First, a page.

Hockey is a combative game. So the tenaciousness of those taking part in the ongoing fight over where Canada’s best-loved sport actually began should come as no surprise. The latest salvo came from Martin Jones, a lawyer from Dartmouth, N.S., who last November published Hockey’s Home: Halifax-Dartmouth—The Origin of Canada’s Game. Jones argues that the first contest was played on Lake Banook in Dartmouth in the early 1800s—and soon spread across the harbour to Halifax. “I’ve found more than 100 pieces of factual evidence pointing to this conclusion,” says Jones, who used newspaper articles, recorded eyewitness accounts,
old drawings and the works of other historians to build his case. “If some other area in Canada can present factual evidence to the contrary, I’ll be the first to congratulate them.” Howard Dill, a pumpkin farmer from Windsor, N.S., 60 km northwest of Dartmouth, might be up for Jones’s challenge. Dill and some local historians say that the 19th-century writings of Sam Slick creator Thomas Chandler Haliburton prove the game—a version of Irish hurley, played on ice by Maritimers—got its start on a pond on Dill’s land back in the early 1800s. “Everybody else,” says Dill, “is just trying to highstick and elbow Windsor out of the way.” To further complicate matters, last summer the Society for International Hockey Re-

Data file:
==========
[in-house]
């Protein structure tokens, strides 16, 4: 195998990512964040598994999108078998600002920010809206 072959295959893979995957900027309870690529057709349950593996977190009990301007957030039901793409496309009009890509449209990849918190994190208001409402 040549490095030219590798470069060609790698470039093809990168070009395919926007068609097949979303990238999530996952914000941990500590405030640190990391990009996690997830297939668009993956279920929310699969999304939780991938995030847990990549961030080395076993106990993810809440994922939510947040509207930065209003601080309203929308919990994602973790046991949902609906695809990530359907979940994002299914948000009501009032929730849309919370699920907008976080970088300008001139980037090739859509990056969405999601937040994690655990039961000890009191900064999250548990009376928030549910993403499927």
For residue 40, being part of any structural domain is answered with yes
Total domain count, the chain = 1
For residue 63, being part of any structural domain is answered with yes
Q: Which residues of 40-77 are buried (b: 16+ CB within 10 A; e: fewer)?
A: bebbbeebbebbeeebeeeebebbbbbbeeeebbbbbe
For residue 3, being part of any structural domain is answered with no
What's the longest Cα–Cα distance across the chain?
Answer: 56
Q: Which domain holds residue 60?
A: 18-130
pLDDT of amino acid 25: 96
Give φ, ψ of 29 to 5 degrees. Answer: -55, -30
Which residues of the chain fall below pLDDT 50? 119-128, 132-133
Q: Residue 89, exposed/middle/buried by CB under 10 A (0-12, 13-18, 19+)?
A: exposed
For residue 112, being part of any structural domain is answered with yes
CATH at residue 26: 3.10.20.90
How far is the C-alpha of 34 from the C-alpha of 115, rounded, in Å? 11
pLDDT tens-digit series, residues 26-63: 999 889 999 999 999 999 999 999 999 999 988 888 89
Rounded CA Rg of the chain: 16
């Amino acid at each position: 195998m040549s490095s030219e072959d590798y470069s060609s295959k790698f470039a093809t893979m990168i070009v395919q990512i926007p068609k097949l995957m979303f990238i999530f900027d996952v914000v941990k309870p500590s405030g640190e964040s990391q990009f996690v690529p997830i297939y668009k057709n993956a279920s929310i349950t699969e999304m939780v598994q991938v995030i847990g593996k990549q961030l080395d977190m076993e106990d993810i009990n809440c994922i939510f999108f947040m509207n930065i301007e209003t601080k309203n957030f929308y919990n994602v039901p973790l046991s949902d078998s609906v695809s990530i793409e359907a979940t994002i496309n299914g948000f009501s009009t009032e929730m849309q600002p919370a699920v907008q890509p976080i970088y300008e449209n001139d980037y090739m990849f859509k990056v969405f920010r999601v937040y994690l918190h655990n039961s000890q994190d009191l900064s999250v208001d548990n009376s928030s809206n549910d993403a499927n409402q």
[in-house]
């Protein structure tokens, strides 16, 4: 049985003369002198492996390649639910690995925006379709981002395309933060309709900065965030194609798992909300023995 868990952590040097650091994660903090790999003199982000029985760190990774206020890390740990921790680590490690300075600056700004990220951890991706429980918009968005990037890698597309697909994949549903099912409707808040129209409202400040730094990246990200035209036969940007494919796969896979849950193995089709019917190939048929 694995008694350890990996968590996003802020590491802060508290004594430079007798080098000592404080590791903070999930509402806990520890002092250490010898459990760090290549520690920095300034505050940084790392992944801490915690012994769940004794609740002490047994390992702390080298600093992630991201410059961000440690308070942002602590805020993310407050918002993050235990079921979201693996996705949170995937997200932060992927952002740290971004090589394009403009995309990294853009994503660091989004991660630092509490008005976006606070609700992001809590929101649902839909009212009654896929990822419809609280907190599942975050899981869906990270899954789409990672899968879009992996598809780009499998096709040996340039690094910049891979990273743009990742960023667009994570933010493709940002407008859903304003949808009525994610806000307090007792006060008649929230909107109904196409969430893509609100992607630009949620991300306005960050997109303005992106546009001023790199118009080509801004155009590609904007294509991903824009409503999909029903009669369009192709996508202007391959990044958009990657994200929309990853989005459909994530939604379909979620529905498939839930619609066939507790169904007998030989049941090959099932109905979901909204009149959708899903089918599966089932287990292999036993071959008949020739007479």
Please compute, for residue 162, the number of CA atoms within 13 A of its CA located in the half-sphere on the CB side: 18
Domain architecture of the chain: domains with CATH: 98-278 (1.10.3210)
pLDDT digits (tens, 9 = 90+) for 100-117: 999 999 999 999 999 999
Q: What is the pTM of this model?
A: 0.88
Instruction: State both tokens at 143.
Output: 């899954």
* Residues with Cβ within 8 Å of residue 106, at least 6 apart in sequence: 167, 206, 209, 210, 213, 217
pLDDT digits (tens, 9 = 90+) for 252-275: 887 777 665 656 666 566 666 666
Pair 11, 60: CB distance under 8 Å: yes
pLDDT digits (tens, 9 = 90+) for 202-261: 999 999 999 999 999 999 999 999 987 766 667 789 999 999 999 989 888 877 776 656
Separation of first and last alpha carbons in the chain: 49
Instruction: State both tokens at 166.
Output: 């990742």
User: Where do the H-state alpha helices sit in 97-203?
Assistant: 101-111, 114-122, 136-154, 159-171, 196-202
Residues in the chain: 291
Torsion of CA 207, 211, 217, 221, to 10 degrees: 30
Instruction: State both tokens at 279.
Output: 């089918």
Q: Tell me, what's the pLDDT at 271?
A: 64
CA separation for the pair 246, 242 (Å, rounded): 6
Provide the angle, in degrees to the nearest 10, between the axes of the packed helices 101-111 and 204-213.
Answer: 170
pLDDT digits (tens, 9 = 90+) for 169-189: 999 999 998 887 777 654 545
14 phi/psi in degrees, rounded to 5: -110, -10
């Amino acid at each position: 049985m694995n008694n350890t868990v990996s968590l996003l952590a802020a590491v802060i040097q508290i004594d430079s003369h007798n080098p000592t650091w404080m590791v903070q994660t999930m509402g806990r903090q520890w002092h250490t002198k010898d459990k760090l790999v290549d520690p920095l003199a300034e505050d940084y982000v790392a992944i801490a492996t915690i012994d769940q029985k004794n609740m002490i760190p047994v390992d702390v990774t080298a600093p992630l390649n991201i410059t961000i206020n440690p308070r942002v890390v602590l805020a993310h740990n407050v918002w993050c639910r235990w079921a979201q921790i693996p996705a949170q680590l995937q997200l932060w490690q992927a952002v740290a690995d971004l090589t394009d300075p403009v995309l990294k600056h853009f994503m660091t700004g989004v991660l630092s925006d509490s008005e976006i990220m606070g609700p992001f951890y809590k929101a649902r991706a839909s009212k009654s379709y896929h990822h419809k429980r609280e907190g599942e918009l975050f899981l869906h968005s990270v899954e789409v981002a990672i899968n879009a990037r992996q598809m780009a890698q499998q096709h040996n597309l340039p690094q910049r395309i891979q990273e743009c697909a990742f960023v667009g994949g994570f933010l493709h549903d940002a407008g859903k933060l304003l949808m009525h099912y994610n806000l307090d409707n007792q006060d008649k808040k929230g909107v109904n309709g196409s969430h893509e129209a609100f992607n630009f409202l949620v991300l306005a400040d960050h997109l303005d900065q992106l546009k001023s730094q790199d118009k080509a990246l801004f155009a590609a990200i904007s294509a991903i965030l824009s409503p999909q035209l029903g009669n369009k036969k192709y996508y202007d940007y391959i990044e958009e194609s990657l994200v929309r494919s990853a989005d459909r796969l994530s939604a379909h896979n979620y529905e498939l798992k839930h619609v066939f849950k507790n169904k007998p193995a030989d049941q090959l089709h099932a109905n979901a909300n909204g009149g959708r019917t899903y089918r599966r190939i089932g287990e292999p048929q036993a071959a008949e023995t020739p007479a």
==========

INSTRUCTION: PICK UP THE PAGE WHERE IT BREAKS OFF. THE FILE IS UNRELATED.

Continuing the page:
search issued an 18-page document refuting the Windsor claim on the grounds that Haliburton’s book wasn’t credible evidence. The historical panel, however, doesn’t know where the game started, although it did note that Montreal was where the first indoor hockey game was played in 1875.
But as the new book by Jones shows, that report is hardly the last word on the subject. Dill, meanwhile, steadfastly refuses to take down the sign proclaiming his farm the “Cradle of Hockey.” Adds Jones: “The amazing thing is that we’re still fighting about it after all this time.”
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